Signed as a free agent in the offseason, Latimer played in four games for the Giants earlier this season, catching six passes for 108 yards and averaging 22.3 yards on four kickoff returns. He was placed on IR with a hamstring injury.
Latimer told me when the Giants designated him to return at the end of the November that his hamstring injury had been a “bad one” but that he had been “putting in a lot of work and time to get back right as quick as I can.”
Why does this make sense?
The other veteran player the Giants designated for return, running back Jonathan Stewart, saw his deadline to be activated come and go. He will remain on IR for the rest of the season.
Why would the Giants, who appear to currently have a full and productive group of wide receivers, be planning to bring Latimer back for the final two games?
After missing three months, and with players like Corey Coleman, Russell Shepard, Bennie Fowler and Jawill Davis all finding ways to contribute, it’s unlikely at this point that the Giants believe Latimer can immediately be more productive than those players.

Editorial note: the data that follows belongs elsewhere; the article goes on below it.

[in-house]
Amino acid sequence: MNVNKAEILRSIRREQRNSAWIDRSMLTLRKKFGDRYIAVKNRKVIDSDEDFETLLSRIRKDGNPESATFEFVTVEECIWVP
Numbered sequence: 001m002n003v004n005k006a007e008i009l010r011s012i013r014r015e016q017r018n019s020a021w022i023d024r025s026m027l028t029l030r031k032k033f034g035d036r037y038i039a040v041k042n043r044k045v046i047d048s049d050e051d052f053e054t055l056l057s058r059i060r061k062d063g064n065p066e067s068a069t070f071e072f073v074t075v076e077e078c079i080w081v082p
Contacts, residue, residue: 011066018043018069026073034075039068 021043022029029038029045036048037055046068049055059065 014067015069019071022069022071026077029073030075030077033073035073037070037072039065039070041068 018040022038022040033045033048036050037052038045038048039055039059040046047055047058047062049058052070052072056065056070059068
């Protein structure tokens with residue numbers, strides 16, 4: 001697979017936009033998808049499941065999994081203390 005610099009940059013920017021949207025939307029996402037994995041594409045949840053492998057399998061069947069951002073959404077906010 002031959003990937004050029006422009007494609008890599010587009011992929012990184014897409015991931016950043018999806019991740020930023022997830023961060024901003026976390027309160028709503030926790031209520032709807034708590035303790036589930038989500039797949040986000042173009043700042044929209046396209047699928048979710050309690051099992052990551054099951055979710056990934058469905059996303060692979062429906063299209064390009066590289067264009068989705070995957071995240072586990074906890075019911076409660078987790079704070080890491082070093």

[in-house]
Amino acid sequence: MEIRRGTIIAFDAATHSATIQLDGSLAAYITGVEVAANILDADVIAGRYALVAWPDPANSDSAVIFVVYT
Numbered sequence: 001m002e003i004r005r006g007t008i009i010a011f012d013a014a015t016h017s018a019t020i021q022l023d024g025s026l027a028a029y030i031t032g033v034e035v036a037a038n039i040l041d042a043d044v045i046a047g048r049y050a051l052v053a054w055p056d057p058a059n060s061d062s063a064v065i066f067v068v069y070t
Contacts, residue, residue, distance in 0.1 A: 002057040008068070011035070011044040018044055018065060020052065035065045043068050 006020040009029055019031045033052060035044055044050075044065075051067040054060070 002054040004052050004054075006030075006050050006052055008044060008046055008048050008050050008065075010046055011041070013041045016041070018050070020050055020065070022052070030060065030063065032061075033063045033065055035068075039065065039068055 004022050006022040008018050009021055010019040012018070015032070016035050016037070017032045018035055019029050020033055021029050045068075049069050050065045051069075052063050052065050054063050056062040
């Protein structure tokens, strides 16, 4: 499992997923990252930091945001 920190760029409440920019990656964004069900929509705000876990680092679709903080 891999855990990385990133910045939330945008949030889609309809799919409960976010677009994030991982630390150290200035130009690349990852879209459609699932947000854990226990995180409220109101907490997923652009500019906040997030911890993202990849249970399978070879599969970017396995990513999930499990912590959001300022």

This, in my view, is about the messaging.
Coach Pat Shurmur and GM Dave Gettleman have talked incessantly about changing the culture around the Giants. On WFAN this week, Shurmur told Mike Francesa that after a year of incredible turnover he believes most of the players on the current roster will return next season.
In my view, bringing Latimer back to the active roster is about those things.
It is about telling the locker room that when you work hard and do your job the right way, as Latimer apparently has in getting himself healthy before the season has concluded, that you get rewarded. That is sort of the same reason for giving Sterling Shepard a game ball for his blocking.
It may also be the Giants sending a message to Latimer, who signed only a one-year contract with the Giants. Whereas Stewart likely has no future with the Giants, this could be the Giants telling Latimer they want him as part of their 2019 team.